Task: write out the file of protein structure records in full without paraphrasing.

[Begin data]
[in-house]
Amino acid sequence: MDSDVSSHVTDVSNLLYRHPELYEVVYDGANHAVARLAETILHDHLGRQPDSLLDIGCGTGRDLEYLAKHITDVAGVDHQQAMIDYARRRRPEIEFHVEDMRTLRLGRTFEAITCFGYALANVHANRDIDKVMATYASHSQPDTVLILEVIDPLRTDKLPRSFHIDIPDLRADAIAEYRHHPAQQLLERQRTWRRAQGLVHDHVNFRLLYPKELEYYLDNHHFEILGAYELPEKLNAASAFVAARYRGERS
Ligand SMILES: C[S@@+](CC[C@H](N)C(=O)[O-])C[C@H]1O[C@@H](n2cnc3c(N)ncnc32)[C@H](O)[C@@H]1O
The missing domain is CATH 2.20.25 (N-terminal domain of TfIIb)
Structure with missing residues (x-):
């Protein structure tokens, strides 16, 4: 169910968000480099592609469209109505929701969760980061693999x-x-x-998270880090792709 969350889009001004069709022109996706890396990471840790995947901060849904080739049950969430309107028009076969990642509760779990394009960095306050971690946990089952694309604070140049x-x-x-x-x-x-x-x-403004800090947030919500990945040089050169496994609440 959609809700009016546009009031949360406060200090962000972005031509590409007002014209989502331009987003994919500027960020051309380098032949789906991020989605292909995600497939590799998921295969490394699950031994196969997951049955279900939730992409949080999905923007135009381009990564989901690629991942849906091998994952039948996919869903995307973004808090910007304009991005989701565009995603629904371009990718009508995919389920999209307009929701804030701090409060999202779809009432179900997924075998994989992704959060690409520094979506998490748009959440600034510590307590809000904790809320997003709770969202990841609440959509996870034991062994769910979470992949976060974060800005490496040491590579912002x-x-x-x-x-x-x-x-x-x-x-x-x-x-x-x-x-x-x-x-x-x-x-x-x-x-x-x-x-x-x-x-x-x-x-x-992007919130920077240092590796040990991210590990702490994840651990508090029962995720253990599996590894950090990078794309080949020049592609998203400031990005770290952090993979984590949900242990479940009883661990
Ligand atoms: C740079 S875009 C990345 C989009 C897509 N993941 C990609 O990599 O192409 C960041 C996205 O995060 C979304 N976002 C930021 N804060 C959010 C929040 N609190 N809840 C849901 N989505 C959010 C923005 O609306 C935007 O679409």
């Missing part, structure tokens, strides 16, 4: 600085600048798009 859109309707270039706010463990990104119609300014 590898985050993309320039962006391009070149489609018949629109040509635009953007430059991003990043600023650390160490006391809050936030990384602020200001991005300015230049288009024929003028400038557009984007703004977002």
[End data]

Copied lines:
[in-house]
Amino acid sequence: MDSDVSSHVTDVSNLLYRHPELYEVVYDGANHAVARLAETILHDHLGRQPDSLLDIGCGTGRDLEYLAKHITDVAGVDHQQAMIDYARRRRPEIEFHVEDMRTLRLGRTFEAITCFGYALANVHANRDIDKVMATYASHSQPDTVLILEVIDPLRTDKLPRSFHIDIPDLRADAIAEYRHHPAQQLLERQRTWRRAQGLVHDHVNFRLLYPKELEYYLDNHHFEILGAYELPEKLNAASAFVAARYRGERS
Ligand SMILES: C[S@@+](CC[C@H](N)C(=O)[O-])C[C@H]1O[C@@H](n2cnc3c(N)ncnc32)[C@H](O)[C@@H]1O
The missing domain is CATH 2.20.25 (N-terminal domain of TfIIb)
Structure with missing residues (x-):
């Protein structure tokens, strides 16, 4: 169910968000480099592609469209109505929701969760980061693999x-x-x-998270880090792709 969350889009001004069709022109996706890396990471840790995947901060849904080739049950969430309107028009076969990642509760779990394009960095306050971690946990089952694309604070140049x-x-x-x-x-x-x-x-403004800090947030919500990945040089050169496994609440 959609809700009016546009009031949360406060200090962000972005031509590409007002014209989502331009987003994919500027960020051309380098032949789906991020989605292909995600497939590799998921295969490394699950031994196969997951049955279900939730992409949080999905923007135009381009990564989901690629991942849906091998994952039948996919869903995307973004808090910007304009991005989701565009995603629904371009990718009508995919389920999209307009929701804030701090409060999202779809009432179900997924075998994989992704959060690409520094979506998490748009959440600034510590307590809000904790809320997003709770969202990841609440959509996870034991062994769910979470992949976060974060800005490496040491590579912002x-x-x-x-x-x-x-x-x-x-x-x-x-x-x-x-x-x-x-x-x-x-x-x-x-x-x-x-x-x-x-x-x-x-x-x-992007919130920077240092590796040990991210590990702490994840651990508090029962995720253990599996590894950090990078794309080949020049592609998203400031990005770290952090993979984590949900242990479940009883661990
Ligand atoms: C740079 S875009 C990345 C989009 C897509 N993941 C990609 O990599 O192409 C960041 C996205 O995060 C979304 N976002 C930021 N804060 C959010 C929040 N609190 N809840 C849901 N989505 C959010 C923005 O609306 C935007 O679409």
């Missing part, structure tokens, strides 16, 4: 600085600048798009 859109309707270039706010463990990104119609300014 590898985050993309320039962006391009070149489609018949629109040509635009953007430059991003990043600023650390160490006391809050936030990384602020200001991005300015230049288009024929003028400038557009984007703004977002």